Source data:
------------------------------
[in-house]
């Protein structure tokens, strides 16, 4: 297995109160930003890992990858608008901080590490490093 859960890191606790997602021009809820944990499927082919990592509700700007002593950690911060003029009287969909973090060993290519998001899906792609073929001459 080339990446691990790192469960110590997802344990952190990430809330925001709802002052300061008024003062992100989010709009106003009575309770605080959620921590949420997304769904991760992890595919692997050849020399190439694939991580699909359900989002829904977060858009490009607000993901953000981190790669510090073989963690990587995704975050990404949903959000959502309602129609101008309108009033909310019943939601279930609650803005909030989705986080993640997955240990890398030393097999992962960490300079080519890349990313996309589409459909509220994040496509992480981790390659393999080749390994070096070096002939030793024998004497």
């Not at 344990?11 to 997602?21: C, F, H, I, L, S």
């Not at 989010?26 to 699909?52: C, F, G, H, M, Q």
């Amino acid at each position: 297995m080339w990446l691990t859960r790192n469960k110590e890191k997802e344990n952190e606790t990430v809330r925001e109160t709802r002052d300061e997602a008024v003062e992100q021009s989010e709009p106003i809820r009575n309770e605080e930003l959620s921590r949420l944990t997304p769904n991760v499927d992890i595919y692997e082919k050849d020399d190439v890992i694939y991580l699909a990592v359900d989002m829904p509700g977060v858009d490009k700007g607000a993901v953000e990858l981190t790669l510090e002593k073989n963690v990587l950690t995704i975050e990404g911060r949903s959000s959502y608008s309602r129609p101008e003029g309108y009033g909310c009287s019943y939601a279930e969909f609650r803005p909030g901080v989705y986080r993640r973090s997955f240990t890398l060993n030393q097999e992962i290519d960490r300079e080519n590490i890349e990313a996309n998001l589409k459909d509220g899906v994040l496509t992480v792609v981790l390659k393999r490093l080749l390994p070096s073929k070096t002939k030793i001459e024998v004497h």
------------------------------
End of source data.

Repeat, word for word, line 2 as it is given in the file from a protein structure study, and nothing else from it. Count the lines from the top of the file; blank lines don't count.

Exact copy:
């Protein structure tokens, strides 16, 4: 297995109160930003890992990858608008901080590490490093 859960890191606790997602021009809820944990499927082919990592509700700007002593950690911060003029009287969909973090060993290519998001899906792609073929001459 080339990446691990790192469960110590997802344990952190990430809330925001709802002052300061008024003062992100989010709009106003009575309770605080959620921590949420997304769904991760992890595919692997050849020399190439694939991580699909359900989002829904977060858009490009607000993901953000981190790669510090073989963690990587995704975050990404949903959000959502309602129609101008309108009033909310019943939601279930609650803005909030989705986080993640997955240990890398030393097999992962960490300079080519890349990313996309589409459909509220994040496509992480981790390659393999080749390994070096070096002939030793024998004497």